Rearing orphan lambs

Rearing orphan lambs
By Lucy Scott, Veterinarian, Anexa Vets

If you have a sheep farm and you are considering rearing your orphan lambs, you can increase the lamb survival rate and therefore the profitability of your ewe flock. It is hard work, but it can certainly be worth your while if you take the time to prepare.

Here are some tips to consider:

Hypothermia (low body temperature) is a lamb killer. Lambs have a large surface area to bodyweight ratio, which makes them susceptible to heat loss. This means that, compared to ewes or people, they lose heat much faster, almost instantly when they are wet compared with when they are dry.

The age of the lamb will help determine the best way to keep it warm. If the lamb is less than 5 hours old, warming alone (drying and actively warming the lamb) may be sufficient. If the lamb is older than 5 hours, you need to give them energy as well as active warming. Lamb jackets are also very useful as the lamb cannot remove it easily.

While lambs are born with a small fat supply (energy), this will burn out quickly, especially if they get cold/wet. Energy is an essential requirement for maintaining body temperature. It is possible to give young lambs energy with a dextrose injection into the abdomen. Ask your Anexa vet to demonstrate how to give an abdominal injection.

Colostrum is also a great source of energy, and essential to survival. Like calves, lambs have no transfer of antibodies (protective proteins) across the placenta, so rely on getting their antibodies from colostrum. Ideally they should receive 10% of their bodyweight of colostrum by 6 hours old, but it isn’t too late if they are older. In order of preference, this can be ewe colostrum, powdered colostrum or cow colostrum. If they are too weak or cold to suckle, tubing them can save their lives. Gentle heating of the milk will help warm the lamb, but don’t warm it too much!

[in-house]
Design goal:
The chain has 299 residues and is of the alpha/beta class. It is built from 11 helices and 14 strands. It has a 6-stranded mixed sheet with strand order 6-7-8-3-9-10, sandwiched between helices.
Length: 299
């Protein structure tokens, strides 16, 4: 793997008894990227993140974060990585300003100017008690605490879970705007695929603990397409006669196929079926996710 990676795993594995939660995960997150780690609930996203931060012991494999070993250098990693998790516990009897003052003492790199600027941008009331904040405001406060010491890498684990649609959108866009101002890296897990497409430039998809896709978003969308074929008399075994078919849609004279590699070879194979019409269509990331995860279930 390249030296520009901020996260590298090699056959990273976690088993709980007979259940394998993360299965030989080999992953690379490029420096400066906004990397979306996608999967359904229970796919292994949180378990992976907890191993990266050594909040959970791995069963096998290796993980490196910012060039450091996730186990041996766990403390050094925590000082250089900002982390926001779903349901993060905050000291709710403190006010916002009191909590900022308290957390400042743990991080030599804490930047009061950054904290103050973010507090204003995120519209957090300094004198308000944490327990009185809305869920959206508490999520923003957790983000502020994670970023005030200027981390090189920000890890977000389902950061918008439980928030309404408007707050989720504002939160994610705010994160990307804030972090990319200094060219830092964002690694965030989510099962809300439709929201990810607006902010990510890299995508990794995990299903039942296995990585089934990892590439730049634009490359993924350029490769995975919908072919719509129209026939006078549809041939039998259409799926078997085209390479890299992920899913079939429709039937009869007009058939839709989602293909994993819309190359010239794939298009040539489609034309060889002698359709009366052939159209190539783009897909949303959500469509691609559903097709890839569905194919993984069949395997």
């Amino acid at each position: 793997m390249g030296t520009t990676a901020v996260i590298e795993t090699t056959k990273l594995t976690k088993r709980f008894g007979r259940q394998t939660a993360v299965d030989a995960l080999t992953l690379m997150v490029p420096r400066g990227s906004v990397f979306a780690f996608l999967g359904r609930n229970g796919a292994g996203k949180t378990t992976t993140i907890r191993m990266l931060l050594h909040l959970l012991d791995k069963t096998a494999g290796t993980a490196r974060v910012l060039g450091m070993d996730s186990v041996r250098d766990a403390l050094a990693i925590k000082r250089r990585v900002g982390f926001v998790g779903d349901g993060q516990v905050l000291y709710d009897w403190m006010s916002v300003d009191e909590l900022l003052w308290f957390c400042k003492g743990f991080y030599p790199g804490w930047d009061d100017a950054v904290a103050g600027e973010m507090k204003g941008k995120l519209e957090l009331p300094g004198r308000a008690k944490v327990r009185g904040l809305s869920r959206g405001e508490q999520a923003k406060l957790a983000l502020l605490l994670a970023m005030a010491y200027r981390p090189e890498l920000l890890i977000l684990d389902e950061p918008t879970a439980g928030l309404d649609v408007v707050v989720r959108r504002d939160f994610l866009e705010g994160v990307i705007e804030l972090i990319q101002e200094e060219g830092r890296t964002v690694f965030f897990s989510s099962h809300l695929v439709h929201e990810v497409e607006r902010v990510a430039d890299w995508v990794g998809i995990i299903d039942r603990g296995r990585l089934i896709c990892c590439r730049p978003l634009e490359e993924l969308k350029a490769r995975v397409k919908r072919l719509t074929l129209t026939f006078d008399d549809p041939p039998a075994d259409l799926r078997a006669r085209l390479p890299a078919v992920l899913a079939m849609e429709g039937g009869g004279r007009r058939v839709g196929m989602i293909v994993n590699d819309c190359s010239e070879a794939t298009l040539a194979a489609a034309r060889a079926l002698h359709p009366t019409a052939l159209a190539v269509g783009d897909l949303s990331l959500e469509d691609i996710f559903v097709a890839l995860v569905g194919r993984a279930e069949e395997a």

After the first 24 hours, you can continue feeding colostrum, move to fresh milk or to powdered lamb milk replacer. Be careful to follow the recommendations on dilution rate and temperature as changing it can cause nutritional scours.

Abomasal (stomach) bloat is a common condition in hand reared lambs, and occurs due to fermentation of bacteria in the abomasum. Excess gas production causes the abomasum to swell and can prevent breathing if not released. ‘Yogurtising’ the milk can help reduce it greatly - have a look at Beef and Lamb fact sheet ‘Artificial lamb rearing – managing abomasal bloat’ for more information.

If you are considering rearing orphan lambs on your property but not sure if it’s the right decision for you, feel free to contact your local Anexa veterinarian today!


Date Added: Tuesday, 28th July 2020


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